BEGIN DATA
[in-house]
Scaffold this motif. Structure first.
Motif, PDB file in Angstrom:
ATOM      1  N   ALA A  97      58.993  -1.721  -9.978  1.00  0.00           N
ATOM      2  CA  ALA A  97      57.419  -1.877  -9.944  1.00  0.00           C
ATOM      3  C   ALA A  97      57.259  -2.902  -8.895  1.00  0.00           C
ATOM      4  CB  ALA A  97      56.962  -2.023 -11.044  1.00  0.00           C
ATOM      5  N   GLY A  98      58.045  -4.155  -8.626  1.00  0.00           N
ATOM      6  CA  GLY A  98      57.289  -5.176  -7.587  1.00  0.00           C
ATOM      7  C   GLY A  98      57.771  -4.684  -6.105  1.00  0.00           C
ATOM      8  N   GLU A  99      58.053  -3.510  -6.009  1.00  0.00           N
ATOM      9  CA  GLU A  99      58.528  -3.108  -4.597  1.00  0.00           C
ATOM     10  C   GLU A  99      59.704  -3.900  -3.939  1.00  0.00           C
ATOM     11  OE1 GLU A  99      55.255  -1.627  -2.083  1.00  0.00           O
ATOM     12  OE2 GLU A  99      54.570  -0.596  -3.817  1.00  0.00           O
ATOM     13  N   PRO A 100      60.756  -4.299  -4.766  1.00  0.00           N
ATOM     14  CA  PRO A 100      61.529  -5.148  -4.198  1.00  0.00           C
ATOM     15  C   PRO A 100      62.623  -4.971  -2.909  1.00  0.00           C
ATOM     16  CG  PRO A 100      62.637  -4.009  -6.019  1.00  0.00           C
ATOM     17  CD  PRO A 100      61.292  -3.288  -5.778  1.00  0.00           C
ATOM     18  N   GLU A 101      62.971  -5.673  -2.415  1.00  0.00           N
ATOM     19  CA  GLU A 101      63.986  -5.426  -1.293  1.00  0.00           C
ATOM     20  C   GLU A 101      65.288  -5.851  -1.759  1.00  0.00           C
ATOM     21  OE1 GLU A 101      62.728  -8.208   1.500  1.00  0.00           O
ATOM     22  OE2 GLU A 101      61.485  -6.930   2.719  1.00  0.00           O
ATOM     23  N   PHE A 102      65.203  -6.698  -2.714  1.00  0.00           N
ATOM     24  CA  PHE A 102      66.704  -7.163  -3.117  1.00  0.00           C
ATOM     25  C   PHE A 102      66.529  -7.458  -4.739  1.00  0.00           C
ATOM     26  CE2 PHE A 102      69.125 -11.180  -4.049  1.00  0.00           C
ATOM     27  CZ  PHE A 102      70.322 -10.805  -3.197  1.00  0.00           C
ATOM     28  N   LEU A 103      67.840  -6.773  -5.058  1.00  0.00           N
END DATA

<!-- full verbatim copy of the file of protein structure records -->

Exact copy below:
[in-house]
Scaffold this motif. Structure first.
Motif, PDB file in Angstrom:
ATOM      1  N   ALA A  97      58.993  -1.721  -9.978  1.00  0.00           N
ATOM      2  CA  ALA A  97      57.419  -1.877  -9.944  1.00  0.00           C
ATOM      3  C   ALA A  97      57.259  -2.902  -8.895  1.00  0.00           C
ATOM      4  CB  ALA A  97      56.962  -2.023 -11.044  1.00  0.00           C
ATOM      5  N   GLY A  98      58.045  -4.155  -8.626  1.00  0.00           N
ATOM      6  CA  GLY A  98      57.289  -5.176  -7.587  1.00  0.00           C
ATOM      7  C   GLY A  98      57.771  -4.684  -6.105  1.00  0.00           C
ATOM      8  N   GLU A  99      58.053  -3.510  -6.009  1.00  0.00           N
ATOM      9  CA  GLU A  99      58.528  -3.108  -4.597  1.00  0.00           C
ATOM     10  C   GLU A  99      59.704  -3.900  -3.939  1.00  0.00           C
ATOM     11  OE1 GLU A  99      55.255  -1.627  -2.083  1.00  0.00           O
ATOM     12  OE2 GLU A  99      54.570  -0.596  -3.817  1.00  0.00           O
ATOM     13  N   PRO A 100      60.756  -4.299  -4.766  1.00  0.00           N
ATOM     14  CA  PRO A 100      61.529  -5.148  -4.198  1.00  0.00           C
ATOM     15  C   PRO A 100      62.623  -4.971  -2.909  1.00  0.00           C
ATOM     16  CG  PRO A 100      62.637  -4.009  -6.019  1.00  0.00           C
ATOM     17  CD  PRO A 100      61.292  -3.288  -5.778  1.00  0.00           C
ATOM     18  N   GLU A 101      62.971  -5.673  -2.415  1.00  0.00           N
ATOM     19  CA  GLU A 101      63.986  -5.426  -1.293  1.00  0.00           C
ATOM     20  C   GLU A 101      65.288  -5.851  -1.759  1.00  0.00           C
ATOM     21  OE1 GLU A 101      62.728  -8.208   1.500  1.00  0.00           O
ATOM     22  OE2 GLU A 101      61.485  -6.930   2.719  1.00  0.00           O
ATOM     23  N   PHE A 102      65.203  -6.698  -2.714  1.00  0.00           N
ATOM     24  CA  PHE A 102      66.704  -7.163  -3.117  1.00  0.00           C
ATOM     25  C   PHE A 102      66.529  -7.458  -4.739  1.00  0.00           C
ATOM     26  CE2 PHE A 102      69.125 -11.180  -4.049  1.00  0.00           C
ATOM     27  CZ  PHE A 102      70.322 -10.805  -3.197  1.00  0.00           C
ATOM     28  N   LEU A 103      67.840  -6.773  -5.058  1.00  0.00           N